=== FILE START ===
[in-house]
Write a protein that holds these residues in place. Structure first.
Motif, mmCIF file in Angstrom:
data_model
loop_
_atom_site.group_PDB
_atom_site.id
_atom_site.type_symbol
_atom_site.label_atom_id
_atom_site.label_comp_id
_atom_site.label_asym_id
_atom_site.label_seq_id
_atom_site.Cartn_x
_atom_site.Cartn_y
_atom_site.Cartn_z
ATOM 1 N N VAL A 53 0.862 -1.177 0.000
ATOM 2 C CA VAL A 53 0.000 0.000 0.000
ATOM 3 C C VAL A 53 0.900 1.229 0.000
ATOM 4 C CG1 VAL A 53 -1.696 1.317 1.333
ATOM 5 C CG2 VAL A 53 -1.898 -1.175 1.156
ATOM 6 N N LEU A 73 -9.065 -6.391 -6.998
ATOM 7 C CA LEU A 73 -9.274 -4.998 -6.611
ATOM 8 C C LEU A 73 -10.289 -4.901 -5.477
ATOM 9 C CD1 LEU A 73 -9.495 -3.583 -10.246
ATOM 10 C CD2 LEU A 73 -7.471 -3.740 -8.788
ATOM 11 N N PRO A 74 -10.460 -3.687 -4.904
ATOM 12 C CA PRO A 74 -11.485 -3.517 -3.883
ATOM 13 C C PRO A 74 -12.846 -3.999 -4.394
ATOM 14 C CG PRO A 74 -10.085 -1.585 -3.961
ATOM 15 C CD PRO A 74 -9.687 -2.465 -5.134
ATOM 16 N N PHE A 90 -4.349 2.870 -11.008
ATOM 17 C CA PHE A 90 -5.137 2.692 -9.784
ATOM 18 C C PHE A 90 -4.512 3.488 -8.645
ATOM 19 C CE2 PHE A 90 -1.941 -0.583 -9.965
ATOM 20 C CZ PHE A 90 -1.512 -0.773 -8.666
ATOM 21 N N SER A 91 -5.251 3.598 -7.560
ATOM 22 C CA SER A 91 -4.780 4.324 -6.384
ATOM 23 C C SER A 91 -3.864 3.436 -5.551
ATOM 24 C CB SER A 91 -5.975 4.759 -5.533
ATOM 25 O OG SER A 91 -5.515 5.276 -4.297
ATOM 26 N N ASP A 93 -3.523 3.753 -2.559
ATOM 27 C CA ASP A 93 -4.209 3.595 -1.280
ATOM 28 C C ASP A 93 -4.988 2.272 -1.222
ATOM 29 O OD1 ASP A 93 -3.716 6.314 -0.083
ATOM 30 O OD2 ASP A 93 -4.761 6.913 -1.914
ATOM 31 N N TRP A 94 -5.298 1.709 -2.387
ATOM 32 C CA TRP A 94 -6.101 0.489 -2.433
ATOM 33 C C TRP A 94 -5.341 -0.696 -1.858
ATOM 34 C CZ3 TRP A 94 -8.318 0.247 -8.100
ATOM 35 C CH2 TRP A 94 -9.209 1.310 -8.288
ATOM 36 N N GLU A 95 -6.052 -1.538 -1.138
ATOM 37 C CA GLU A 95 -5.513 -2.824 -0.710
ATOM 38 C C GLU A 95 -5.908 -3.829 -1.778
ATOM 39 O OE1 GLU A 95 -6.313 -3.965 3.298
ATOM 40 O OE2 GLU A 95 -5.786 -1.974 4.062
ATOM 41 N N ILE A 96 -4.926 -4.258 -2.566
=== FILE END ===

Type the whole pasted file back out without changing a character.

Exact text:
[in-house]
Write a protein that holds these residues in place. Structure first.
Motif, mmCIF file in Angstrom:
data_model
loop_
_atom_site.group_PDB
_atom_site.id
_atom_site.type_symbol
_atom_site.label_atom_id
_atom_site.label_comp_id
_atom_site.label_asym_id
_atom_site.label_seq_id
_atom_site.Cartn_x
_atom_site.Cartn_y
_atom_site.Cartn_z
ATOM 1 N N VAL A 53 0.862 -1.177 0.000
ATOM 2 C CA VAL A 53 0.000 0.000 0.000
ATOM 3 C C VAL A 53 0.900 1.229 0.000
ATOM 4 C CG1 VAL A 53 -1.696 1.317 1.333
ATOM 5 C CG2 VAL A 53 -1.898 -1.175 1.156
ATOM 6 N N LEU A 73 -9.065 -6.391 -6.998
ATOM 7 C CA LEU A 73 -9.274 -4.998 -6.611
ATOM 8 C C LEU A 73 -10.289 -4.901 -5.477
ATOM 9 C CD1 LEU A 73 -9.495 -3.583 -10.246
ATOM 10 C CD2 LEU A 73 -7.471 -3.740 -8.788
ATOM 11 N N PRO A 74 -10.460 -3.687 -4.904
ATOM 12 C CA PRO A 74 -11.485 -3.517 -3.883
ATOM 13 C C PRO A 74 -12.846 -3.999 -4.394
ATOM 14 C CG PRO A 74 -10.085 -1.585 -3.961
ATOM 15 C CD PRO A 74 -9.687 -2.465 -5.134
ATOM 16 N N PHE A 90 -4.349 2.870 -11.008
ATOM 17 C CA PHE A 90 -5.137 2.692 -9.784
ATOM 18 C C PHE A 90 -4.512 3.488 -8.645
ATOM 19 C CE2 PHE A 90 -1.941 -0.583 -9.965
ATOM 20 C CZ PHE A 90 -1.512 -0.773 -8.666
ATOM 21 N N SER A 91 -5.251 3.598 -7.560
ATOM 22 C CA SER A 91 -4.780 4.324 -6.384
ATOM 23 C C SER A 91 -3.864 3.436 -5.551
ATOM 24 C CB SER A 91 -5.975 4.759 -5.533
ATOM 25 O OG SER A 91 -5.515 5.276 -4.297
ATOM 26 N N ASP A 93 -3.523 3.753 -2.559
ATOM 27 C CA ASP A 93 -4.209 3.595 -1.280
ATOM 28 C C ASP A 93 -4.988 2.272 -1.222
ATOM 29 O OD1 ASP A 93 -3.716 6.314 -0.083
ATOM 30 O OD2 ASP A 93 -4.761 6.913 -1.914
ATOM 31 N N TRP A 94 -5.298 1.709 -2.387
ATOM 32 C CA TRP A 94 -6.101 0.489 -2.433
ATOM 33 C C TRP A 94 -5.341 -0.696 -1.858
ATOM 34 C CZ3 TRP A 94 -8.318 0.247 -8.100
ATOM 35 C CH2 TRP A 94 -9.209 1.310 -8.288
ATOM 36 N N GLU A 95 -6.052 -1.538 -1.138
ATOM 37 C CA GLU A 95 -5.513 -2.824 -0.710
ATOM 38 C C GLU A 95 -5.908 -3.829 -1.778
ATOM 39 O OE1 GLU A 95 -6.313 -3.965 3.298
ATOM 40 O OE2 GLU A 95 -5.786 -1.974 4.062
ATOM 41 N N ILE A 96 -4.926 -4.258 -2.566